Opportunities will be there when coal dust settles

NATHAN Tinkler, at least, can see the light at the end of the coal tunnel with his $4 billion plus offer for Whitehaven Coal, but many cannot, with coal stocks hitting their lowest values in years.

NATHAN Tinkler, at least, can see the light at the end of the coal tunnel with his $4 billion plus offer for Whitehaven Coal, but many cannot, with coal stocks hitting their lowest values in years.

The Tinkler question led this columnist to ask whether there may be value at the smaller end of the spectrum.

After all, most junior coal companies have been hit hard as the coal price has fallen to its lowest in years too. They have been caught in a three-way pincer movement of increasing uncertainty about global economic growth, the shale gas phenomenon in the US and the green movement.

Australian junior producers are not helped when the big producers, such as Rio Tinto and BHP Billiton, talk down coal's prospects in attempts to get projects rushed through. On top of that is the realisation that infrastructure is taking longer than anticipated to put in place, or being abandoned.

This year Queensland's LNP government scrapped a $9 billion expansion of the Abbot Point coal terminal near Bowen in the state's north.

So, what to do?

Patersons Securities analyst Matthew Trivett says the answer for investors lies offshore: "Opportunities in the sector are in companies that have projects in Indonesia and Mongolia, where the operating costs are much lower."

Under the Radar has previously tipped one of his favourites, Altura Mining (ASX: AJM), which is developing the Tabalong mine in South Kalimantan, Indonesia.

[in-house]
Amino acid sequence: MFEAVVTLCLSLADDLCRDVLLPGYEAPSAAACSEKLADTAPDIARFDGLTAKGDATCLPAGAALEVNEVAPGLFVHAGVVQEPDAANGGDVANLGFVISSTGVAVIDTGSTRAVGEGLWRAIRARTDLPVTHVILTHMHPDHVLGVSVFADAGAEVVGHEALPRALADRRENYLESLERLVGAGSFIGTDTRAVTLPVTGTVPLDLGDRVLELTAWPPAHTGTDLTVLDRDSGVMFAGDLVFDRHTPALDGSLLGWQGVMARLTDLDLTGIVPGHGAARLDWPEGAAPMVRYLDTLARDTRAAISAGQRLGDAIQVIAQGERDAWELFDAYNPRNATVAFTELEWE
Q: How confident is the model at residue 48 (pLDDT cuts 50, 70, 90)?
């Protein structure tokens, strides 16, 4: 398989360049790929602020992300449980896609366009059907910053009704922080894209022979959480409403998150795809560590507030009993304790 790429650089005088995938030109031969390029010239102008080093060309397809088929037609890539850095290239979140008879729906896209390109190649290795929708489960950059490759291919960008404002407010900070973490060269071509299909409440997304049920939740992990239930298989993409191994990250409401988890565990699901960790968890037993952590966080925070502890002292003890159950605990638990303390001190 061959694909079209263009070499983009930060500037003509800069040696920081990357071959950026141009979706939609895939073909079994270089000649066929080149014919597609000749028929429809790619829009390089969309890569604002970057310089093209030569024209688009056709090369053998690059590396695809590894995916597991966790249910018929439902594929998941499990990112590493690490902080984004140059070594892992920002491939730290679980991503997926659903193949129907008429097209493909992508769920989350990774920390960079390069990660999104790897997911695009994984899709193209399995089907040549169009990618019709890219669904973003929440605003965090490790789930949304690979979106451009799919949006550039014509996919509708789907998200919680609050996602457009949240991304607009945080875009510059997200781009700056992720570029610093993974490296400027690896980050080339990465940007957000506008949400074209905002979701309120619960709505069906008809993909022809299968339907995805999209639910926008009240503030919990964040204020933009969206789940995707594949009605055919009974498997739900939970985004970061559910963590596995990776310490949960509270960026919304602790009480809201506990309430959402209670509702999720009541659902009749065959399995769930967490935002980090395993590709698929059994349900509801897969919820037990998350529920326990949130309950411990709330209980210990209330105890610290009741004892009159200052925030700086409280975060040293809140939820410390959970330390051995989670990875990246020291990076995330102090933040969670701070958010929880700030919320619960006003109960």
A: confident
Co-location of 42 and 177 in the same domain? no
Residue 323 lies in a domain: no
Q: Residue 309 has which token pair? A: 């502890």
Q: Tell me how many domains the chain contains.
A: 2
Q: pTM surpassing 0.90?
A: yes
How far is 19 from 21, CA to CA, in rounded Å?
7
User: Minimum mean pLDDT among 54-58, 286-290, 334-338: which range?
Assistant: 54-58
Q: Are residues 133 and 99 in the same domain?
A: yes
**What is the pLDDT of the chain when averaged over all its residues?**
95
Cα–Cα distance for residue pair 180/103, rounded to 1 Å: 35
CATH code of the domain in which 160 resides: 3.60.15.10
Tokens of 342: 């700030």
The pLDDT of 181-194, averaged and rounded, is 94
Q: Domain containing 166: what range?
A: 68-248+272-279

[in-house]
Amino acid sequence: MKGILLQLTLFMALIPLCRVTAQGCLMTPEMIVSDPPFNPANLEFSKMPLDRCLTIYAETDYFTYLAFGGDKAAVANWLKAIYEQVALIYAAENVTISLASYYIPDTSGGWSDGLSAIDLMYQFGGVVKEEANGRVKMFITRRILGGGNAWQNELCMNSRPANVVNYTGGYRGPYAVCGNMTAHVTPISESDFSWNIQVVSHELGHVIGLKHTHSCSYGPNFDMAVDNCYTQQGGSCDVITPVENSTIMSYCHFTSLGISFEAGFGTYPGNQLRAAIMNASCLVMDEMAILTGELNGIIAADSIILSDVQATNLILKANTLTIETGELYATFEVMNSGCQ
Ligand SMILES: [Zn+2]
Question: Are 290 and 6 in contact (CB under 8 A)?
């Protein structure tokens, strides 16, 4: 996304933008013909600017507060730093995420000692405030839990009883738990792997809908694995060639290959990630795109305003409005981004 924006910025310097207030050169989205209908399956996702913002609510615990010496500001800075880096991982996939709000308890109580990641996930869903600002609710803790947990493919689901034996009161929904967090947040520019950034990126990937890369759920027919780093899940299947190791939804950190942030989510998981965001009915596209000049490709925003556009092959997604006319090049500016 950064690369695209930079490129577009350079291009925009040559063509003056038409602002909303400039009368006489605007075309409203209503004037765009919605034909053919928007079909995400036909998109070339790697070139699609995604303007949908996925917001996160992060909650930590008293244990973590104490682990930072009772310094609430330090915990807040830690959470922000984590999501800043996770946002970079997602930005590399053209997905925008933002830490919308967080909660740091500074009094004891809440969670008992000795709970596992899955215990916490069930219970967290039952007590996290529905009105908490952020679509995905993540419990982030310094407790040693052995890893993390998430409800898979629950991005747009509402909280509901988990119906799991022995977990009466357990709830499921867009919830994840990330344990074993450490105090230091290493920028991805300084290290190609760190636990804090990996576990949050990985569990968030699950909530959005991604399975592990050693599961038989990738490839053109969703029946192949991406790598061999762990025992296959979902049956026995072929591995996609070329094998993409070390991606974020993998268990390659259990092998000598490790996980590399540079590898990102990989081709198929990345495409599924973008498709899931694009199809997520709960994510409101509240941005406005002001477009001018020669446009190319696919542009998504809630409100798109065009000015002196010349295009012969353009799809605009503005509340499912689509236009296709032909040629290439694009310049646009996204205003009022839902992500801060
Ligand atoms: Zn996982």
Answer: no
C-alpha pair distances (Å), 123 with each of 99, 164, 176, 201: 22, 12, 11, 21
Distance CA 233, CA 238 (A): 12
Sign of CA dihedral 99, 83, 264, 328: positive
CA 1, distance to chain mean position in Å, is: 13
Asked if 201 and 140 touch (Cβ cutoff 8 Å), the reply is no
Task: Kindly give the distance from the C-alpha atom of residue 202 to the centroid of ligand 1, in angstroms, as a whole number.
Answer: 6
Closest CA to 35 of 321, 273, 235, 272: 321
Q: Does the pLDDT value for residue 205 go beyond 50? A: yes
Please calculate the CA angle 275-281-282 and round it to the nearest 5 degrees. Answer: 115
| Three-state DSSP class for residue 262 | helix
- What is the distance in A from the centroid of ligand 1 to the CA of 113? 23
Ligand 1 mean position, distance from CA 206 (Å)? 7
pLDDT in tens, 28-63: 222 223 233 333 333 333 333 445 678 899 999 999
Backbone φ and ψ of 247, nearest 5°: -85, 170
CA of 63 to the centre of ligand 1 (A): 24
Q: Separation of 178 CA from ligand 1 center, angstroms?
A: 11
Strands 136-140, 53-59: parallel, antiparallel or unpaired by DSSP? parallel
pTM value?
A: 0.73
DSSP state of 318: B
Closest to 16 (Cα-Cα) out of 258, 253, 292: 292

It will cost Altura $40 million to develop its mine, while an underground coalmine in the Surat Basin in Australia would set you back at least $600 million.

Altura managing director James Brown previously ran Adaro, New Hope's multibillion-dollar coal project in Indonesia.

He doesn't mess around when explaining why it's so important to be a low-cost producer of high-energy, meaning high-grade, coal: "It costs the same to produce a tonne of low-grade coal as it does high-grade."

Australian coal producers need to process coal through wash plants, which is one reason costs are so high, says Brown. Altura's coal is simply crushed and sold raw.

"What about the sovereign risk?" you may ask.

There is sovereign risk in every country. Just look at the political conflict involving the carbon tax and the mining tax in Australia.

But in Indonesia, where many may have such a concern, coal has been excluded from a recent export tax. The export bans relating to the coal sector have been mooted only for low-calorie producing coal.

So, the bans would not affect Altura, as Tabalong produces high-calorie thermal coal which is used to generate electricity.

Nor would the bans affect Trivett's other favourite in Indonesia, Cokal (ASX: CKA), which is looking to get a metallurgical coal project off the ground. Its site in Central Kalimantan is next to the giant PT Juloi Coal mine owned by BHP and Adaro Energy.

Trivett also likes Guildford Coal (ASX: GUF) in Mongolia.

This is a very low-cost operation because its mine is close to the Chinese border.

It costs Guildford about $25 a tonne to produce the stuff, while it can sell it at about $50 a tonne. Economics in the sector don't get much better than that.

All three Altura, Cokal and Guildford are trading at about half of Trivett's valuations, and all have different factors that could propel their shares higher. All are definitely worth keeping an eye on at the very least.

You can bet Nathan Tinkler is watching them.

Richard Hemming (r.hemming@undertheradarreport.com.au) is an independent analyst who edits a fortnightly newsletter www.undertheradarreport.com.au

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